New book on Origen by Lenka Karfíková

Prof. Lenka Karfíková from Universita Karlova in Prague has recently published a book entitled Duše, prozřetelnost a svoboda podle Origena - The soul, providence, and freedom according to Origen. It contains six studies centering on this topic and includes discussions of Origen’s place among other authors. The book is in Hungarian, but if you are not fluent in this language, it also contains a lengthy summary in English, which we are happy to bring in this article.

The soul, providence, and freedom according to Origen: Six studies on Origen’s thinking and its reception in the West

- by Lenka Karfíková

This book is a collection of studies, which – although written on different occasions – were all motivated by my interest in the Christian reception of Platonism; more precisely, the effort of the authors of the 3rd to the 6th centuries AD to formulate Christian thinking against the backdrop of the philosophy of Platonism in its various stages. Origen’s place among other authors is discussed in most studies included in this volume: he is compared to theologians of the following centuries who wrote in Latin, leaving aside the issue of the extent to which these authors were directly inspired by Origen.

1) Nature perfected by the will: Origen and Augustine

This study shows the similarities in the points of departure of both theologians, namely the self-choice of rational beings, which, however, led to very diverse consequences; while according to Origen, rational beings themselves decide on their ontological status, and this possibility is available to them as long as the world lasts, in Augustine – following the gradual tightening of his doctrine on grace – we witness an increased emphasis on the perfection of the natures of angels and humans by the unfathomable divine will, although not in respect of their ontological status, but of the ultimate salvation or rejection.

The first study is a revised version of a 2008 paper entitled Přirozenost završená vůlí: Augustin a Origenes (Nature perfected by the will: Augustine and Origen), in: „Přirozenost“ ve filosofii minulosti a současnosti („Nature“ in the philosophy of the past and the future), ed. L. Chvátal – V. Hušek, Brno 2008, pp. 91–108.

2) Pre-existence of the soul according to Origen and Augustine in light of the biblical line Romans 9:11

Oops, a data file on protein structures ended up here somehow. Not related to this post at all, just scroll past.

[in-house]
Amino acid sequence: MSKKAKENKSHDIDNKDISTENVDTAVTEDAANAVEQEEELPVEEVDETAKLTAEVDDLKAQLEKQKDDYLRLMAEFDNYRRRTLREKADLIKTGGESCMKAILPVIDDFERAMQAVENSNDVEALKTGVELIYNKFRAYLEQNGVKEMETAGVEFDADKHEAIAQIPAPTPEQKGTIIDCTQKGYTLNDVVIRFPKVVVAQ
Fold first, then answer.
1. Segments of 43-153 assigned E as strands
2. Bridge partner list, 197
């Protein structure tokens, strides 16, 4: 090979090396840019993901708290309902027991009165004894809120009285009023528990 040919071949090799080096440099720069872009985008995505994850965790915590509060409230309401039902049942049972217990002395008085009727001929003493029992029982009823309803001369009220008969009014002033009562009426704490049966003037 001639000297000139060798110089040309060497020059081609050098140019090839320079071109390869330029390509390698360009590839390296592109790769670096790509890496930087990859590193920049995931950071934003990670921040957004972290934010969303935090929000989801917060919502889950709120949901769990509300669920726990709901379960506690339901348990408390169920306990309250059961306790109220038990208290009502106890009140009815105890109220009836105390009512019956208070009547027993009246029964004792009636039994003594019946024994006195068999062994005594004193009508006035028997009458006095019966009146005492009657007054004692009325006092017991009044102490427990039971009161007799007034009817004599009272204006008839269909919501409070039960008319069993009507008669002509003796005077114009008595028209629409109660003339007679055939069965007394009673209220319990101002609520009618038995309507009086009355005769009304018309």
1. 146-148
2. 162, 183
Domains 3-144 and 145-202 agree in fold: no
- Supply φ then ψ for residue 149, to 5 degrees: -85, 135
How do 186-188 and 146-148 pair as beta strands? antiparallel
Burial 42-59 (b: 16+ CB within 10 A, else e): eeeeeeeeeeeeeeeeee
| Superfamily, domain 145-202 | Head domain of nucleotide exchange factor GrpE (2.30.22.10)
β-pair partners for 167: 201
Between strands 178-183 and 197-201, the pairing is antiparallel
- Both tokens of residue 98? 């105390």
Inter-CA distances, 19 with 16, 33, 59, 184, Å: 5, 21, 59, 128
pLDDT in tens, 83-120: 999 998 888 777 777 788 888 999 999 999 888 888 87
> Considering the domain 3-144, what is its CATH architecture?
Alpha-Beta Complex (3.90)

The comparison of Origen and Augustine is also the topic of the 2nd study, in which I show similarities and differences between the authors using the motif of the exposition of the difficult biblical passage in Romans 9:10 –13 concerning the twins Esau and Jacob. In De principiis, Origen postulates the idea of the pre-existence and different attitudes of rational beings before their incarnation, which explains why God’s love for Jacob and his hatred of Esau before their birth is just. In his later works, however, this motif is replaced by other, especially allegorical, interpretations of the passage. Augustine, too, employs Romans 9:11 to seek the answer to the question regarding the origin of individual souls. In his case, nevertheless, it is not used to support the answer relying on the merits of souls before their incarnation, but, on the contrary, to reject Origen’s view on the basis of the inscrutability of God’s judgements (according to the apostle, neither Esau nor Jacob had done „anything good or evil“ before they were born which would have justified the election of one and repudiation of the other). Leaning, among others, on the line in Romans 9:11, Augustine departed from the pre-existence hypothesis, which he considered in his youth, and gradually went on to challenge it.

This study was presented in a very shortened English form entitled "Is Romans 9:11 proof for or against the pre-existence of the soul? Origen and Augustine in comparison" at the conference Origeniana XII, 25– 29.6, 2017 in Jerusalem.

3) The descent of the soul into the body according to Origen and Marius Victorinus: the exposition of line Eph. 1:4

The pre-existence of souls is also dealt with in the 3rd study, which, too, is based on the interpretation of a New Testament line provided by both authors, namely Eph. 1:4 concerning the election of the saints before the creation of the world. The comparison with Plotinus’ treatise On the descent of the soul into bodies (Enn. IV,8[6]) makes the contours of both Christian conceptions more apparent: both Origen’s concern for the moral justice of God and the universe and Victorinus’ belief in the value of the created world in which the soul can realise its possibilities and, thanks to this experience of „another“, become fully itself.